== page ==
As the parent of two members of Gen Z, this topic is one I take seriously and personally. I believe both opinions evade responsibility and miss a great opportunity.
Gen Z, born between 1997 and 2012, are elementary school students, middle schoolers, high schoolers, and college students now. The oldest ones are just entering the workforce. Merriam-Webster is monitoring whether they will officially be called “Zoomers” to decide if they’ll add the word to the dictionary. It’s too soon to tell. My girls aren’t keen on it.
No doubt due to their access to technology, which makes the sharing of content and ideas so easy, Gen Z is far more aware of world events and the problems in society than most of their parents were at their age.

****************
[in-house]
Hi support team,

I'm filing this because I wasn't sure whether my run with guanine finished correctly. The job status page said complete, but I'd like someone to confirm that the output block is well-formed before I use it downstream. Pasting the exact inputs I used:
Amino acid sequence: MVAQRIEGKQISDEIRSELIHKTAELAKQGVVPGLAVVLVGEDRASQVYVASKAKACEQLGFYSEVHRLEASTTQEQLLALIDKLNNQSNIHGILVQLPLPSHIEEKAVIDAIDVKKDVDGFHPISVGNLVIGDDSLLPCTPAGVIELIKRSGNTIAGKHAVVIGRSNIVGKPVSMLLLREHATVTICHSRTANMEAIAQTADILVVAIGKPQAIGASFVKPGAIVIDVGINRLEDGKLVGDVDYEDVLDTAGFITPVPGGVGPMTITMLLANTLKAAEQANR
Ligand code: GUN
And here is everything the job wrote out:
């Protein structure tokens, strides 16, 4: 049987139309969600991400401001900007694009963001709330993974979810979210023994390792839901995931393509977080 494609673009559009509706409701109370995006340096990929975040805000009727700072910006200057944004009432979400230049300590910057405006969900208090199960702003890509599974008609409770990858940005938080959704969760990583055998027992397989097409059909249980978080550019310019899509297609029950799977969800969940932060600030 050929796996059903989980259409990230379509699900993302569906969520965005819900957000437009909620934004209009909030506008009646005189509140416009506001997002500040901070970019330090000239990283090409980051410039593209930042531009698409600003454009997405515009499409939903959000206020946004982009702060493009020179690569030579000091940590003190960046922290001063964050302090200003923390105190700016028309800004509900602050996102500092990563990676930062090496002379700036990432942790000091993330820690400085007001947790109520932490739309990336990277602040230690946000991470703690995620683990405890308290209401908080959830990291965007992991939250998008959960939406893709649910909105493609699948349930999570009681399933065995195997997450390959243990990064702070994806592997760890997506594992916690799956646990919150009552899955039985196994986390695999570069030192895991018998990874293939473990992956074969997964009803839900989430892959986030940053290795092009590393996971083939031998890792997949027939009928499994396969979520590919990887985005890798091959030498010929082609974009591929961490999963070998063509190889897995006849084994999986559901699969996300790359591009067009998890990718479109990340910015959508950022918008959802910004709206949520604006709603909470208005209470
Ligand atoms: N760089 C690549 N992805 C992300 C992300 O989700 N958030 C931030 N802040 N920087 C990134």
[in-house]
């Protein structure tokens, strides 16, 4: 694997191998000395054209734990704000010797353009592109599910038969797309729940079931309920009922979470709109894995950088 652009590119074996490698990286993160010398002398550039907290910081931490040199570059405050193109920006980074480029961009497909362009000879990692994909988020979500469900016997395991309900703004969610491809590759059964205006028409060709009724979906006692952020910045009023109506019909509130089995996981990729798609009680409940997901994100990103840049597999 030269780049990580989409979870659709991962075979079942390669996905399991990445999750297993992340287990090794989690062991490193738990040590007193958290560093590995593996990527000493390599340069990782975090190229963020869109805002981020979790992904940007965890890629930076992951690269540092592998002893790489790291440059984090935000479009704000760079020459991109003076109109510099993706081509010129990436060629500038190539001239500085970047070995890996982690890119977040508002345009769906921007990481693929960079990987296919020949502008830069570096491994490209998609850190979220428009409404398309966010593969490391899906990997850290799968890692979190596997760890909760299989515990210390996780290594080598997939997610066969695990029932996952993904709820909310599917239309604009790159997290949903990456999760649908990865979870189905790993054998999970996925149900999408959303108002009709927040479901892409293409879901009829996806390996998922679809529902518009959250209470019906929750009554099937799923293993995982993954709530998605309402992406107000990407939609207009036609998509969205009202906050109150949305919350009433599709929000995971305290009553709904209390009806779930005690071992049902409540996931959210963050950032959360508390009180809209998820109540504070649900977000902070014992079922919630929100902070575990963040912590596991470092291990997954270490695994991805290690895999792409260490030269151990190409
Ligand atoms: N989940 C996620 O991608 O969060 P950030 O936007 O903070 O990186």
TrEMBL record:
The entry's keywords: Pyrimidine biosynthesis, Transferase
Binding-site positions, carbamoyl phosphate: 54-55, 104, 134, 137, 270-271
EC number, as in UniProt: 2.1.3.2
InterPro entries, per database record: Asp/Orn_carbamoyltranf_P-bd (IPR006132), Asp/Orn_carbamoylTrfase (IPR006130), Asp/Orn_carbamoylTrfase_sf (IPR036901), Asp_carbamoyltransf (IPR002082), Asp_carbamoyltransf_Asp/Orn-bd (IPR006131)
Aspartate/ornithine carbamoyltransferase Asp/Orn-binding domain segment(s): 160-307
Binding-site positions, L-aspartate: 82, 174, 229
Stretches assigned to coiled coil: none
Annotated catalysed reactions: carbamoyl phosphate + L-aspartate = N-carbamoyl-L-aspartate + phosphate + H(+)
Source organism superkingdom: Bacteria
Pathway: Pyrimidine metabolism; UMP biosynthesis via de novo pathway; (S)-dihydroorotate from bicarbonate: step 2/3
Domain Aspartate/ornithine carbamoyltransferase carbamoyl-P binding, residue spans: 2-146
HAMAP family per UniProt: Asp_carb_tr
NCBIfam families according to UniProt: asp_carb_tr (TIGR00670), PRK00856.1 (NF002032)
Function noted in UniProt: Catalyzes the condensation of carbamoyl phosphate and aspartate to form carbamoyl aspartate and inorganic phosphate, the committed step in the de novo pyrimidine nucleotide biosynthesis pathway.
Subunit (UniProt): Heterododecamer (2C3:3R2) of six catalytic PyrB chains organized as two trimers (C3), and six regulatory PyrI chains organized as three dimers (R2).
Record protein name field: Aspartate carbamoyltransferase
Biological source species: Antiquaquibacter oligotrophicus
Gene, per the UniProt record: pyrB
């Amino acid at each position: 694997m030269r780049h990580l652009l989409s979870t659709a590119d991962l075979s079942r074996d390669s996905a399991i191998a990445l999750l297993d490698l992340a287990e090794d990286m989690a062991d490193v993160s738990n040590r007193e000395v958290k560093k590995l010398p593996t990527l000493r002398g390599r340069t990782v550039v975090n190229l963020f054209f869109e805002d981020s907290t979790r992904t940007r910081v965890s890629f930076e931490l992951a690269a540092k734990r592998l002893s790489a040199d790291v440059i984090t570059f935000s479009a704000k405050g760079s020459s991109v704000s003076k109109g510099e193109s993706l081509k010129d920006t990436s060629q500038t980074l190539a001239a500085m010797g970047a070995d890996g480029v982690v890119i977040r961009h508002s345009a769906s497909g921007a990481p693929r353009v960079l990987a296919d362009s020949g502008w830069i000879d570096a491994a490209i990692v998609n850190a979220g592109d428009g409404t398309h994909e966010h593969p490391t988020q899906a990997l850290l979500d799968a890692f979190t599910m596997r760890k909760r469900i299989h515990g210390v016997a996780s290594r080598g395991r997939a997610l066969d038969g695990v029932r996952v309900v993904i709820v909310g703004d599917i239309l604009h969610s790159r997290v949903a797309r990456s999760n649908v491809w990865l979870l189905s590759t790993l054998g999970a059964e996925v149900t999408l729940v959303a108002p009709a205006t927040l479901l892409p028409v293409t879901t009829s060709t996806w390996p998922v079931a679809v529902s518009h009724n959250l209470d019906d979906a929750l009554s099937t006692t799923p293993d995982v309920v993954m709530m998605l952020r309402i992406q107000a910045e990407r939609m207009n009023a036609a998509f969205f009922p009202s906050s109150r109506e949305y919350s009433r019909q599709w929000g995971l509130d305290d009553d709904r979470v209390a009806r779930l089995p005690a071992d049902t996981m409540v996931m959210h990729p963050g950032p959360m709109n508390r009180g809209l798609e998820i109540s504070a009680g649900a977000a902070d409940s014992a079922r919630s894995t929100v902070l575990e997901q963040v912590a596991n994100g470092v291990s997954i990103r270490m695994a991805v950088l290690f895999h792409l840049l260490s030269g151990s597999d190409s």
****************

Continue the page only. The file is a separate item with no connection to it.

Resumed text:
And while many members of Gen Z love the United States of America, they also aren’t too impressed.
In fact, many of them are deeply disappointed, even disillusioned.
The Covid-19 pandemic that has turned all our lives upside down and their growing awareness of the racial inequality and systemic racism woven into the fabric of this country is just the most recent proof Gen Z has to believe that our society is in crisis.
Instead of asking them to forgive us for all this, here are five things we should be doing instead:
Acknowledge the validity of their concerns
The youngest of Gen Z are not yet on social media and are likely unaware of all the problems that they will face. This is not to say their impressions of America are not already being formed. This spring the COVID Impact Survey revealed that over 40% of households with mothers and children under 12 were experiencing food insecurity.
For more than 2 out of every 5 of the youngest members of Gen Z, this means that one of their earliest defining impressions of life in the United States will be their own hunger.